Calling on Ingenieras
If you are bilingual, they will do the interview in both English and Spanish. Spread the word! Make a difference. Show them how YOU make a difference in this world and improve people’s lives!
Target group: 9 – 13 year old girls. The nonprofit after school program and resources were developed by our very own San Diego based Reuben H Fleet Science Center. Jacklyn is also looking for companies who might like to host a weekend tour and hands-on technical learning activity.
Update Nov 8th — The San Diego Computer-Using Educators (SDCUE) conference consisted of four rooms of vendor displays, six 45 minute presentation tracks of 19 presentations/track. I had heard there were 90 educators in attendance – but I want to say there were more. The vendors were selling their wares from a 75 zoom projector microscope attracting educators to their display of the resting non-descript bugs sitting on a twig in a white paper coffee cup, plenty of software packages, and even the Science Fair folks and a team from the Ruben H Fleet Science Center advertising their afterschool events. Nothing else engineering related that I could see.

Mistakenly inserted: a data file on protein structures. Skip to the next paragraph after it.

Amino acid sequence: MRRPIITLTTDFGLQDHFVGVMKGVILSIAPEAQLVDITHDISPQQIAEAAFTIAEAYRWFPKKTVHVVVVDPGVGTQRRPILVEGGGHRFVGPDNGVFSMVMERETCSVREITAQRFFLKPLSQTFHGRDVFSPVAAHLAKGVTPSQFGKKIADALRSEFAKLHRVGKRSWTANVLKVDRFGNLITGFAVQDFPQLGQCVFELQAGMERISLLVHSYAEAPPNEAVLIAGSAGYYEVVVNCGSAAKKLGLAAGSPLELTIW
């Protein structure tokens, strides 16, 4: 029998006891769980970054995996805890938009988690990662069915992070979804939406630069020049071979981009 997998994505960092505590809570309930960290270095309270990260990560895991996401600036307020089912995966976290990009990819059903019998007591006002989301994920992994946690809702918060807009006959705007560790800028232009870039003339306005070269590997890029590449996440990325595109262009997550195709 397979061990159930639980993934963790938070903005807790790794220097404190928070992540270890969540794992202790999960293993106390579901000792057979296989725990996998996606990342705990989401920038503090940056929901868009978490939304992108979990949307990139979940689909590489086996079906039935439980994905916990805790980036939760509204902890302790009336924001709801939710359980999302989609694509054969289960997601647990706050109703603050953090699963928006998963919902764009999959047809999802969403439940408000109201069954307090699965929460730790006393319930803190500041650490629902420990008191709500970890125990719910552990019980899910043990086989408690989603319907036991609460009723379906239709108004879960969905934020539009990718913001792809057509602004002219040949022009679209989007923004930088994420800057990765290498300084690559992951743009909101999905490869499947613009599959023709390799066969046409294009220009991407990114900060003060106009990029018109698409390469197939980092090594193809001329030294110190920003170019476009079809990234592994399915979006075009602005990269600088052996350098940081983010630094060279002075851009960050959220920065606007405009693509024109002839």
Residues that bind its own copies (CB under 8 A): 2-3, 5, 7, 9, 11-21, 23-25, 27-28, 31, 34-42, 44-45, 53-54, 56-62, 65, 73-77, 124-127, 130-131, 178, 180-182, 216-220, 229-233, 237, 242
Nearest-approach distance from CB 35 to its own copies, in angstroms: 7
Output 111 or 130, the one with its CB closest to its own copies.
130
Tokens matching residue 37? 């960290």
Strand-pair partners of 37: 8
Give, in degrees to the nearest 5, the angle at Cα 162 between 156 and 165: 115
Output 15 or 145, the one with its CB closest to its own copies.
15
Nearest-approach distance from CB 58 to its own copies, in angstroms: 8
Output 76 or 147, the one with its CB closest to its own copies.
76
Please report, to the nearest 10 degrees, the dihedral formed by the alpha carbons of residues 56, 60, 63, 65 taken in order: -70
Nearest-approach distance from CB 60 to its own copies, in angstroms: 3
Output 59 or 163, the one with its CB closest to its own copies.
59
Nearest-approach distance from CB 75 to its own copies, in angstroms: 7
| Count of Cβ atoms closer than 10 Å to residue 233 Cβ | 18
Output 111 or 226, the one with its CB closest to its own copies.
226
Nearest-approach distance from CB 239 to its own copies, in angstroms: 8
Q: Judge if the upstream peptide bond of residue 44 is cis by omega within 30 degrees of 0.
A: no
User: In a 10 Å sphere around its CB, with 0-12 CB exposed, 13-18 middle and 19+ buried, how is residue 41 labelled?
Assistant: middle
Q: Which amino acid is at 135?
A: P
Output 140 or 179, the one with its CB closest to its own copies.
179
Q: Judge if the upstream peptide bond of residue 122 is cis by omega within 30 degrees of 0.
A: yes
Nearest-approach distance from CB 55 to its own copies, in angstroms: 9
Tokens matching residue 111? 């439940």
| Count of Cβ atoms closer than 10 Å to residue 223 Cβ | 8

My presentation was in a computer lab, with a computer and monitor on every desktop. With the short ceiling and free-standing projector screen squeezed in between the first row of desks and the chalk board, it was a little tough for the audience to look over their monitors to see the full screen. The ten minutes between classes, was just enough time to hook up my laptop for the presentation. I followed a man speaking on emoting software.
The class consisted of 20 people, mostly educators, 1 parent, 2 STEM education majors. One educator was an engineer turned educator :>. One was from the Ruben H Fleet Science Center who wanted to see what the Why So Few? presentation might have to offer. Only one person in the audience had heard of/read the AAUW Report (hats off to the Ruben H Fleet education specialist). For the remainder of the class, 90% of the material was new.
From the parents program feedback, and the handful of educators I had met in them, I had come to the general impression that educators were aware of some of the older pieces of research – like the stereotype threat that is at least 15 years old. But after this event, I have to recalibrate as I explained in much fuller detail the background the reasoning behind the research than planned.
Lessons learned: the AAUW research material is still fresh, educators are eager to connect up with engineers who might want to visit and present to their class (great tie in for the SWE-SD Speakers Bureau), and the WGBH materials need help in getting the word out about their opportunities.
— Nov 4th — Giving my first presentation to an educators conference – San Diego Computer-Using Educators – at Cal State San Marcos this Saturday Nov 5th, 2001. The title is “Why So Few Girls in Engineering? Change the Stories!”.